Previous Article   Next Article

Note: To search for something specific use the CS Museum search box to the left.

July 21, 1998

Newspaper photo of 631 Delaware
Newspaper Photo shown above originally appeared in a 1904 edition of The Perry Republican and it disclosed how these two buildings on the north side of the square appeared at that time. Today's Northwest Corner tells more about them. The building on the right belongs to Butch and Sandy Ellis.

On August 24-25, Oklahoma Main Street program managers from throughout the state will assemble in Perry for a hands-on workshop to learn the right way to restore old business buildings to something like their pristine glory. Perry is fortunate to have been chosen as the site for this workshop, and plans are being made to roll out the welcome mat in a grand way for the 70 or so visitors who will be here for the occasion.

Sponsored by the Oklahoma Main Street organization, the Rehabilitation Workshop is expected to become a model of its kind for other cities and states all over the U.S. The Perry training session will be the first ever held anywhere, so it will be a learning experience in more ways than one. Betty Warner, our local Main Street program manager, is excited about the impact the local workshop will have and she is hoping the community will join heartily in welcoming our visitors. Working with Perry Main Street board and president, Bonneta Hansing, she has rounded up a large committee of volunteers to look after myriad details to prepare for the event.

One of the buildings expected to be tackled is the one-time home of Shedrick Jewelers at 631 Delaware on the north side of the square. Several years ago the upper portion of this two-story structure was covered with a sort of corrugated aluminum scrim with vertical lines and the lower part of the front was also modernized. It now houses the Second Time Around consignment sales store operated by Clara Williams. Sandy and Butch Ellis, who own the building, want to expose the classic back work behind the aluminum "slip cover." They also intend to convert the second story space into a downtown living area. Mrs. Ellis is Mrs. Williams' daughter.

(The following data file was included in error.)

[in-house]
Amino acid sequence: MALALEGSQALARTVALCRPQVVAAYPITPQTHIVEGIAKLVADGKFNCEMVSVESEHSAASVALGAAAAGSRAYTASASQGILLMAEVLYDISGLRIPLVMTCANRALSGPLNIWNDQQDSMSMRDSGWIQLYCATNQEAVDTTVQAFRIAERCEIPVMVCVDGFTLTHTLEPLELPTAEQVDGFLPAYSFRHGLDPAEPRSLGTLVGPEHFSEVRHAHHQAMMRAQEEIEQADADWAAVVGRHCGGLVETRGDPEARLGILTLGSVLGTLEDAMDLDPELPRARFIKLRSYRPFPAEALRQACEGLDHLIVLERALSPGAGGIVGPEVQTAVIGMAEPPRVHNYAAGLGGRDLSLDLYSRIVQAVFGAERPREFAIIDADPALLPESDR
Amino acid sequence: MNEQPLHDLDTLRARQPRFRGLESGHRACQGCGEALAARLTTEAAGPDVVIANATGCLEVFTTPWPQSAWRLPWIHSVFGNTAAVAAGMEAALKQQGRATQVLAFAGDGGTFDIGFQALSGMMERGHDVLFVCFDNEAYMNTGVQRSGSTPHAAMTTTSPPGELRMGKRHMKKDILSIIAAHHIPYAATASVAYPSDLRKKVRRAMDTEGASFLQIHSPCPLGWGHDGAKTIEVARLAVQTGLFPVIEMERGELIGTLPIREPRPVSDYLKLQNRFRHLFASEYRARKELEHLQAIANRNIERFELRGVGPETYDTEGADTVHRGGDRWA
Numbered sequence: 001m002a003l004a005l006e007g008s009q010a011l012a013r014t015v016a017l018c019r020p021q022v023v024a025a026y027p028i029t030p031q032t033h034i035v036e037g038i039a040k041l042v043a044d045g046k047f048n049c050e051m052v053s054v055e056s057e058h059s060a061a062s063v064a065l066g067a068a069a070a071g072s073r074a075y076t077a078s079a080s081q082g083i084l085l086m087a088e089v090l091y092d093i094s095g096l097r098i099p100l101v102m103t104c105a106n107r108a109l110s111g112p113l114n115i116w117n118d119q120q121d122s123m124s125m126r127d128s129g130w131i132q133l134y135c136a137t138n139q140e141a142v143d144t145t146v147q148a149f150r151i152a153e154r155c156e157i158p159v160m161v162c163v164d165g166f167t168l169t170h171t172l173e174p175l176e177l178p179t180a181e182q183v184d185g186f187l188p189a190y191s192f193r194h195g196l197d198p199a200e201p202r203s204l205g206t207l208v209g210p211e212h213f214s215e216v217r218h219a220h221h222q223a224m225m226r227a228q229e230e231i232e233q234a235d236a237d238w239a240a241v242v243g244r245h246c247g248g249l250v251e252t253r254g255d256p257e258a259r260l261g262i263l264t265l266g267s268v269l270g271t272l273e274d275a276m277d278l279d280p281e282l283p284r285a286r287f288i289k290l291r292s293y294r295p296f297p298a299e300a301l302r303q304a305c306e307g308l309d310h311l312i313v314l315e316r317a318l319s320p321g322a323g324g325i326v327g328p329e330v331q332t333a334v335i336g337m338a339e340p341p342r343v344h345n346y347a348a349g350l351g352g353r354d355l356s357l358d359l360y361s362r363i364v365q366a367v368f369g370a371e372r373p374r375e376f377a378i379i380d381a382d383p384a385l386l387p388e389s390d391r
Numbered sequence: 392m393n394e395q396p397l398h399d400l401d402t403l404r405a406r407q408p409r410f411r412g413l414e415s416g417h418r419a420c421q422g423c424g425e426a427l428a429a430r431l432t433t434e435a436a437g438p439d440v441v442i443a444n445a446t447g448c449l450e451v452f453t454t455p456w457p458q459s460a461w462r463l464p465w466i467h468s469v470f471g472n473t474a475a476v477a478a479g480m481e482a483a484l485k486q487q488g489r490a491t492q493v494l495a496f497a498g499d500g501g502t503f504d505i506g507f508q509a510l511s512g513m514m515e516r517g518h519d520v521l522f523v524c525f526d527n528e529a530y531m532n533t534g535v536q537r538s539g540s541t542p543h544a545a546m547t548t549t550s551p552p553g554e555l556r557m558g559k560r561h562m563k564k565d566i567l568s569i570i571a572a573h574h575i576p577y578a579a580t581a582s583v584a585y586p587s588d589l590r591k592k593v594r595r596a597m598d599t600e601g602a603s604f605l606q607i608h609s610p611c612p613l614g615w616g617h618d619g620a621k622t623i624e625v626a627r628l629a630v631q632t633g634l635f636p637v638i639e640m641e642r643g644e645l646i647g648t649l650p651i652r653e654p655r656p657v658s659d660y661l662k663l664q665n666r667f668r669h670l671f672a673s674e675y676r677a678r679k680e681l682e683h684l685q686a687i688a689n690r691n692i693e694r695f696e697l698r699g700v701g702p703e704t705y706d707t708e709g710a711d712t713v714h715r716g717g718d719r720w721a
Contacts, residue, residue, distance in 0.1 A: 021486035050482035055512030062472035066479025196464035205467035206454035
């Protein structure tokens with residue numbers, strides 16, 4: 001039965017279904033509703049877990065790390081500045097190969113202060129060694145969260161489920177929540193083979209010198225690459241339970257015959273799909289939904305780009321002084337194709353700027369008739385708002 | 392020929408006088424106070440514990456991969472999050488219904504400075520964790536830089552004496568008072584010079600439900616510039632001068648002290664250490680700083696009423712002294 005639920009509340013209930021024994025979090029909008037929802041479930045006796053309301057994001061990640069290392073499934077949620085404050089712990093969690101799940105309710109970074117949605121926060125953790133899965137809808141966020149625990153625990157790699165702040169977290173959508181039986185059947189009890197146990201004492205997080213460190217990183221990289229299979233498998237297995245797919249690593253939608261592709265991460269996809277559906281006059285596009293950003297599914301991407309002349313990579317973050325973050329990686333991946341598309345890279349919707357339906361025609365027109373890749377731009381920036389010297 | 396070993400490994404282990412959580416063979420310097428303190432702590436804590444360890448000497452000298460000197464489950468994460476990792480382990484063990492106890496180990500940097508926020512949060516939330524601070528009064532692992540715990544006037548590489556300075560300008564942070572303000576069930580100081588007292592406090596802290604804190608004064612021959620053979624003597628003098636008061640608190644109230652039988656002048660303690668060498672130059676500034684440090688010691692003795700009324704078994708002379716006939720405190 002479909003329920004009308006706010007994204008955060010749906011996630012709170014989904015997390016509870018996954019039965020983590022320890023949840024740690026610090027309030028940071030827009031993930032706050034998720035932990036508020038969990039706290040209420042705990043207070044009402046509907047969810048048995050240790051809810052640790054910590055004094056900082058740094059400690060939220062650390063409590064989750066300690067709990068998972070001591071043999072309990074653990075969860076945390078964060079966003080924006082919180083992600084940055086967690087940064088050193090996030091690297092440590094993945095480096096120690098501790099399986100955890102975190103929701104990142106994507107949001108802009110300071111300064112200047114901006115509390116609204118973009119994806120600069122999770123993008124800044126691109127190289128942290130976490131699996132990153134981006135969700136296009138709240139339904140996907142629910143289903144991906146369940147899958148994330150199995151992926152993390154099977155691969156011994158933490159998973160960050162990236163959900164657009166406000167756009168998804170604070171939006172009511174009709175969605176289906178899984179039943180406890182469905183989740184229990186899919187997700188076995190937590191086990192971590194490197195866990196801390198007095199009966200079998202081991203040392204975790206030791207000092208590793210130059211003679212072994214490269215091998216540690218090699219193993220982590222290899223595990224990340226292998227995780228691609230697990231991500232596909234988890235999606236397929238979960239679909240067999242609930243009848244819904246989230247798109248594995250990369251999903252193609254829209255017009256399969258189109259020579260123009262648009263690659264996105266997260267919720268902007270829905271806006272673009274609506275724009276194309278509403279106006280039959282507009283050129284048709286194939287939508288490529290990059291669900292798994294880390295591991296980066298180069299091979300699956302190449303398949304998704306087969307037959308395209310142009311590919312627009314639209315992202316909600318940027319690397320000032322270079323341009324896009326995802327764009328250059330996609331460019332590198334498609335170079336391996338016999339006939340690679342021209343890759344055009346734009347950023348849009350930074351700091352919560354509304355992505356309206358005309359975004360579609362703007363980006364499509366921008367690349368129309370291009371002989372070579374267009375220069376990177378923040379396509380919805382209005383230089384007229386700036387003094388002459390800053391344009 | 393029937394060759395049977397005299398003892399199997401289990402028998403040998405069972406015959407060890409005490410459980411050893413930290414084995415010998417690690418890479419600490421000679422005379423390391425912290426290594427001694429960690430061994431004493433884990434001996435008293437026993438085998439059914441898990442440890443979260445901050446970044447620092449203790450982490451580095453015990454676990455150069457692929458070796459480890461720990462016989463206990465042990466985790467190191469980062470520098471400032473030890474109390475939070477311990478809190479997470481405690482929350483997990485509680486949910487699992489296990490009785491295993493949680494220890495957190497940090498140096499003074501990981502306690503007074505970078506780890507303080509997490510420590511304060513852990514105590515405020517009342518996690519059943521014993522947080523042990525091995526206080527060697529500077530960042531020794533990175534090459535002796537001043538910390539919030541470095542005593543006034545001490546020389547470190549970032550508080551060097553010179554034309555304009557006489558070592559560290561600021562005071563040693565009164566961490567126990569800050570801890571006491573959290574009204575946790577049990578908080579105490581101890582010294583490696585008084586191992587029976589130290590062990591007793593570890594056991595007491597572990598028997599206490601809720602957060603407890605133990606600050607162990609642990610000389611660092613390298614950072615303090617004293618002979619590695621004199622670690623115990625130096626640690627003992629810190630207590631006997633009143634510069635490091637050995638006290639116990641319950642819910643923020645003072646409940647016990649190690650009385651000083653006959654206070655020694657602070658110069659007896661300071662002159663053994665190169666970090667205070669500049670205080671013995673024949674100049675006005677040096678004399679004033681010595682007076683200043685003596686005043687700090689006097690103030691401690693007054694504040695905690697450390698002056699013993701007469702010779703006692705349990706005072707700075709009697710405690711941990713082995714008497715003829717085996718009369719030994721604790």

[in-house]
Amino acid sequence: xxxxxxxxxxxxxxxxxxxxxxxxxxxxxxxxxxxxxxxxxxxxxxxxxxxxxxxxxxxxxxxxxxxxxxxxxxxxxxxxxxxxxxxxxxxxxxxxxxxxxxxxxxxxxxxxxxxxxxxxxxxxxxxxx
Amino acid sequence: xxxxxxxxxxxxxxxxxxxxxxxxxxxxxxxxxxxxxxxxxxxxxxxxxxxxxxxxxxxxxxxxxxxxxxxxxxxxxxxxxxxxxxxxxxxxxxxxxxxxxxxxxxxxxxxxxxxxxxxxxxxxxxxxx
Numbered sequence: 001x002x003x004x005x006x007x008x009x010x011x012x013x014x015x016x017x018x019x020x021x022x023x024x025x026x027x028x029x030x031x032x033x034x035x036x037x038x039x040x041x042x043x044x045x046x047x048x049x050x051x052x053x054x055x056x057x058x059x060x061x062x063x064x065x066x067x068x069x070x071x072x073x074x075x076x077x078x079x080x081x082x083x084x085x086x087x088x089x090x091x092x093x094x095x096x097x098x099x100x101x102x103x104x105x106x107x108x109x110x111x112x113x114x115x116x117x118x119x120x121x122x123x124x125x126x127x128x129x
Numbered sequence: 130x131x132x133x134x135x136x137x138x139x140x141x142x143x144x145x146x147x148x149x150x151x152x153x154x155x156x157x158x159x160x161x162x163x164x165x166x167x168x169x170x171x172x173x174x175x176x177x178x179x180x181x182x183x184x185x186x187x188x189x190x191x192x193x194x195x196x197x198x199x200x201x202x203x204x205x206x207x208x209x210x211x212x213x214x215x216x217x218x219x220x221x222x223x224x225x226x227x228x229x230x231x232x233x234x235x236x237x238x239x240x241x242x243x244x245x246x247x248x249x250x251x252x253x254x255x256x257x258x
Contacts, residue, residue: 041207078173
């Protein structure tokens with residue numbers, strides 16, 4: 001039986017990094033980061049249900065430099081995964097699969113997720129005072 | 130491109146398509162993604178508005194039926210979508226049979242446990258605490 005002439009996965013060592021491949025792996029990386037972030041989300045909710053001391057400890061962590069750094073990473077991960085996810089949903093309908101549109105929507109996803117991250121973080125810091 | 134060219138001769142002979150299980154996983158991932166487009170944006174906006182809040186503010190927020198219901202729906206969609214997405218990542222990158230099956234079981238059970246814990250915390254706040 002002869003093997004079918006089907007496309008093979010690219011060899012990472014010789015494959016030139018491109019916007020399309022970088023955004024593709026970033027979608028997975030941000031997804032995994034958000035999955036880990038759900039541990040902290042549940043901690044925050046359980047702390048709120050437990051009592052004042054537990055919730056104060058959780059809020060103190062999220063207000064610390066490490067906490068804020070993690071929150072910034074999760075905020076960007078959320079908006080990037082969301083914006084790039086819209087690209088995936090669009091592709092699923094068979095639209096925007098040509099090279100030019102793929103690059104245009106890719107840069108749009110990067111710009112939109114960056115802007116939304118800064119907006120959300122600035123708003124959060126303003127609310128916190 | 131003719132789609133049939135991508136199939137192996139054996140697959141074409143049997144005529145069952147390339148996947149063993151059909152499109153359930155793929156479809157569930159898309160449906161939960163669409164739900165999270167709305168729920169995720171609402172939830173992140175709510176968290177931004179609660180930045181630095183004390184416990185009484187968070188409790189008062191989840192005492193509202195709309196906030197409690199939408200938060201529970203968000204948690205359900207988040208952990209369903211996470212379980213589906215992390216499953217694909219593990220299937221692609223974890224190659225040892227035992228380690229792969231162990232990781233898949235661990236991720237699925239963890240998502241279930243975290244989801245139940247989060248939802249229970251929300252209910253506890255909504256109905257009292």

At one time the upper floor was occupied by law offices of the late attorney Henry Dolezal. In addition to his law practice, Mr. Dolezal at various times served as county judge, mayor of Perry and a member of the State House of Representatives in the Legislature. His office furnishings were plain and almost Spartan in design, but the front windows looked out onto the bustling north side of the Perry square and the lush green courthouse park just across the street. Those windows have been covered by the aluminum for so many years that most of us who remember the original look have nearly forgotten what it was like.

While considering this renovation project, along with others to be undertaken here by the Rehabilitation Workshop next month, I experienced another one of those serendipitous gifts that could not have been more timely. Some anonymous friend placed a copy of the March 11, 1904, edition of The Perry Republican inside my front door the other day. It is in remarkably good shape considering that it is more than 94 years old, and there, in the lower left corner of the front page, is a photograph of the Ellis building and the building next door west of it.

The clarity of detail in the photo is remarkable. It is reproduced here today in an adjacent column, and I will have more about it in a subsequent Northwest Corner. Perhaps in the meantime I can learn the name of the friend who brought me that copy of Judge E.W. Jones' Perry Republican. I am grateful to him, or her.